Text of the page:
According to the authors, the results showed there was “strong and consistent evidence of greater risk between initial e-cigarette use and subsequent cigarette smoking initiation”.
Other studies claim e-cigarettes are not a path to teen smoking
We were honestly quite surprised about the results of this study because almost at the same time, another study led by Professor Bertrand Dautzenberg
on the use of e-cigarettes by young people was published in the European Network for Smoking and Tobacco Prevention. And its conclusions were quite different. E-cigarette use does not lead to a higher tobacco use among young people.
Cross-sectional studies were conducted among young people in France, the UK and the US. They showed that e-cigarette use was especially important among smokers and ex-smokers. But there was a low rate of regular use among experimenters. More generally speaking, a decrease in tobacco consumption was observed.
And there is more. An American survey from the Centers for Disease Control and Prevention that we talked about in one of our articles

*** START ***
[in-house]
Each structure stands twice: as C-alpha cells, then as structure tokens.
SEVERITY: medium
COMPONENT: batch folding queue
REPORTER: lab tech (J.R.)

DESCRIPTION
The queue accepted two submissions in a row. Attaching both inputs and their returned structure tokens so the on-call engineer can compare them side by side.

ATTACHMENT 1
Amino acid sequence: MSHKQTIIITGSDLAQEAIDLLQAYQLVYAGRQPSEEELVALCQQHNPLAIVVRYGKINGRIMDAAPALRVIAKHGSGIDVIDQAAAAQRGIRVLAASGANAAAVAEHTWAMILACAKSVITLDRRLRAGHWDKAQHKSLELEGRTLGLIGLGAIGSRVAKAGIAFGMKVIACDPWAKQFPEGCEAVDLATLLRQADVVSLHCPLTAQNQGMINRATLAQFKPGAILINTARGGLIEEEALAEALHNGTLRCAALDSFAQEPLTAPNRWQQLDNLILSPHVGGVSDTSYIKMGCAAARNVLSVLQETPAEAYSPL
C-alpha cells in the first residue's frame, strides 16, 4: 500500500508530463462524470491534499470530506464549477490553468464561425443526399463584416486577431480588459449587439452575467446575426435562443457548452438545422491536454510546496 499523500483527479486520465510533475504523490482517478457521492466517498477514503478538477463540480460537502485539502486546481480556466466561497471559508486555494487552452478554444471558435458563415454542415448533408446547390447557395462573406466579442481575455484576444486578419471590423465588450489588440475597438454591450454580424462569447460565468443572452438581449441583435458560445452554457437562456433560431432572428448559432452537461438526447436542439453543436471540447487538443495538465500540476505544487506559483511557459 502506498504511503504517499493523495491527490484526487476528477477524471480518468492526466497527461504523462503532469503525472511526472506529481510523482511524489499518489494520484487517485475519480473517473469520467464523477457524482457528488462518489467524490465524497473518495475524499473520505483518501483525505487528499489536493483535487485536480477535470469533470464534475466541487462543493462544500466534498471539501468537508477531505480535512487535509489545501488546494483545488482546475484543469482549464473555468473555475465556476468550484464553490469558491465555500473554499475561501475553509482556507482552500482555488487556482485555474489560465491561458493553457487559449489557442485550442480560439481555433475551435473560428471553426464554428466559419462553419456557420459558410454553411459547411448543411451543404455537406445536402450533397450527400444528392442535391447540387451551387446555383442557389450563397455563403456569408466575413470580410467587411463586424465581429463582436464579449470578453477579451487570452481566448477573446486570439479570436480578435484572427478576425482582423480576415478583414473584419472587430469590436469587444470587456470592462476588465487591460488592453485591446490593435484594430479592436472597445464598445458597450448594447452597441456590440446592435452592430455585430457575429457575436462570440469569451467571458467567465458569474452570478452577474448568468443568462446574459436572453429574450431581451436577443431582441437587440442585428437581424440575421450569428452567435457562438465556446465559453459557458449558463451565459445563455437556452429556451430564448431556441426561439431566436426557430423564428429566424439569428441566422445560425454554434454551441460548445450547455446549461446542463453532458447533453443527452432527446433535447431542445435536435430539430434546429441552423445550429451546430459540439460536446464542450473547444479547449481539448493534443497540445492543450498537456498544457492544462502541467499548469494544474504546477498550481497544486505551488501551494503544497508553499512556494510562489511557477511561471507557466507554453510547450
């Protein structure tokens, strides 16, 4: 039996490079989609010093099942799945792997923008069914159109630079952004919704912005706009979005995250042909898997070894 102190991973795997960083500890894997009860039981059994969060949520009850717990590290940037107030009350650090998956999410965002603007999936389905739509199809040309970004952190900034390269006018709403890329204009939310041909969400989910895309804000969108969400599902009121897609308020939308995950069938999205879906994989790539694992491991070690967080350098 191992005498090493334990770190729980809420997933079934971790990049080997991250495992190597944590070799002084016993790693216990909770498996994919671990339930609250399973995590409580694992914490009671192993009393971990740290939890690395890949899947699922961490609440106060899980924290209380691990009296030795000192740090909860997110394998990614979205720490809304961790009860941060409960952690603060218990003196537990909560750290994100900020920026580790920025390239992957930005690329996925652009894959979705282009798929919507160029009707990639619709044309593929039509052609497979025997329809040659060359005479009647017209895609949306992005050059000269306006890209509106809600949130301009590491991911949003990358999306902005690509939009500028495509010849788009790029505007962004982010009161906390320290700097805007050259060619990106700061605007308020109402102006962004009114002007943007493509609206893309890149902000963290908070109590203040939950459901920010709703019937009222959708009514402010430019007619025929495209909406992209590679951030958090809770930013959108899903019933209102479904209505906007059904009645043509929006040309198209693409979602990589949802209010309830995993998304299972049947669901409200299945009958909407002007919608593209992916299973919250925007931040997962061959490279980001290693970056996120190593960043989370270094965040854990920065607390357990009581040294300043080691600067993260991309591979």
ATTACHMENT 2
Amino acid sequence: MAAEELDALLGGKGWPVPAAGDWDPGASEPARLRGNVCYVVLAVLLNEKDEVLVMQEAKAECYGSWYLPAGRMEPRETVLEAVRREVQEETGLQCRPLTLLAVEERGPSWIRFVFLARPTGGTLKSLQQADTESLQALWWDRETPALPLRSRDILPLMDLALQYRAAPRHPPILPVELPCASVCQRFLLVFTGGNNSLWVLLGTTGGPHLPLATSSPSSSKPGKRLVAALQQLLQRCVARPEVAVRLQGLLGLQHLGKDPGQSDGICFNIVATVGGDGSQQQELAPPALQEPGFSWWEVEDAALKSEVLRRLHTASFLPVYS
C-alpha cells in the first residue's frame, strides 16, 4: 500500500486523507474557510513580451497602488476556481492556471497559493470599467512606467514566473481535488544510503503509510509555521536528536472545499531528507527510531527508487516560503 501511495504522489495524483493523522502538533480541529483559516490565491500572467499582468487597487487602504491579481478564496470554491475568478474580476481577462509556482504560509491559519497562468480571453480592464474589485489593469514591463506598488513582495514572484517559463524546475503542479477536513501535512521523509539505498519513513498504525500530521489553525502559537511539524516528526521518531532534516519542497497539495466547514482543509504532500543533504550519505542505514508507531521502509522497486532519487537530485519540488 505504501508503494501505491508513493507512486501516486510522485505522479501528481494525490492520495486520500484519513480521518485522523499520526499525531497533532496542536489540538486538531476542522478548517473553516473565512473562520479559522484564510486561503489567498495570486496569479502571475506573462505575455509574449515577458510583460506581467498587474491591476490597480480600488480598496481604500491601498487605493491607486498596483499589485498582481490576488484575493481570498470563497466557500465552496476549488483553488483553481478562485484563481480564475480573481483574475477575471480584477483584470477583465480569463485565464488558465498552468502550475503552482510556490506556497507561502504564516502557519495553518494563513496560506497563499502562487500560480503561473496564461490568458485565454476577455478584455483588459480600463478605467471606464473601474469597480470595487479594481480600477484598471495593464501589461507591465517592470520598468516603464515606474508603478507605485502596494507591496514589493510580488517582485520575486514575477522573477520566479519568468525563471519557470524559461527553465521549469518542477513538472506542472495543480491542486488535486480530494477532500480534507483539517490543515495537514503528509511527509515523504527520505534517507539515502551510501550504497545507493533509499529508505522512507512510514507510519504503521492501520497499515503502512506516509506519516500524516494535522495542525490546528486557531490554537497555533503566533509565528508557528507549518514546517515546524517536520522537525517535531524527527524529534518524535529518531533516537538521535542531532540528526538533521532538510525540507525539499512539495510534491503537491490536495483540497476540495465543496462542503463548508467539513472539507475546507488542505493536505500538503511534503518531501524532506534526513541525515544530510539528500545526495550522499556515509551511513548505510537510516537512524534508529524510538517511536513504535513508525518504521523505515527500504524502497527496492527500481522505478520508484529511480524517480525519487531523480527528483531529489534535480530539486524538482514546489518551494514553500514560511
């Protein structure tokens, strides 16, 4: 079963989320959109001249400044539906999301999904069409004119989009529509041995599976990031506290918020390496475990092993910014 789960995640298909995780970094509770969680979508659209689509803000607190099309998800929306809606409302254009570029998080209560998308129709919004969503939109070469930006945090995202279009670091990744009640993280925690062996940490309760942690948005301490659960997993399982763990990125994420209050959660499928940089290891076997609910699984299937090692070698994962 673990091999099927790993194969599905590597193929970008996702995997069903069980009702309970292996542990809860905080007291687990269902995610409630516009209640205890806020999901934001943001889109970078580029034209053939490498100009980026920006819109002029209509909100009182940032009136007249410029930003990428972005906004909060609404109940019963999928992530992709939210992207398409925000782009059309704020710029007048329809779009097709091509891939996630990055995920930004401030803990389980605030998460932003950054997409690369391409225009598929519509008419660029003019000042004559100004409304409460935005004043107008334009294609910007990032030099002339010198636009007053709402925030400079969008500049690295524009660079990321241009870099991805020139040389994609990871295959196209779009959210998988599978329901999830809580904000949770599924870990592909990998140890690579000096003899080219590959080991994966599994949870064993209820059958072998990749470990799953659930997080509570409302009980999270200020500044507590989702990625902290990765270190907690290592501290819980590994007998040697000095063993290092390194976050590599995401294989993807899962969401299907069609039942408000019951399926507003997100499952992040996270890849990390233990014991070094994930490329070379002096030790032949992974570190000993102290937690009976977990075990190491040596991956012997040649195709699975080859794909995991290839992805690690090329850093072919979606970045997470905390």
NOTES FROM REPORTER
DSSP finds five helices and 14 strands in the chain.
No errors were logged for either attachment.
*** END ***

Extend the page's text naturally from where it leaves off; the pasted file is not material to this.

has clearly shown that the rate of cigarette smoking among high school students has continued to decrease in 2016 (see f
igure below). This decline seems to point towards a lack of evidence of a gateway effect for e-cigarettes.
The development of e-cigarettes has also coincided with reductions in marijuana or opioids use rates among the youth. And e-cigarettes could be making it easier for smoking teens to quit. Or it could be preventing young people from ever starting to smoke cigarettes. Michael Siegel, professor at the Boston University School of Public Health, was quite adamant. He wrote that the new survey “should put to rest the contention that electronic cigarettes are a gateway to smoking among youth.”
We fully understand that many public health actors can fear that e-cigarettes could be a gateway to tobacco use. But we hope these latest studies and survey will help reassure you, our administration and governments about e-cigarettes.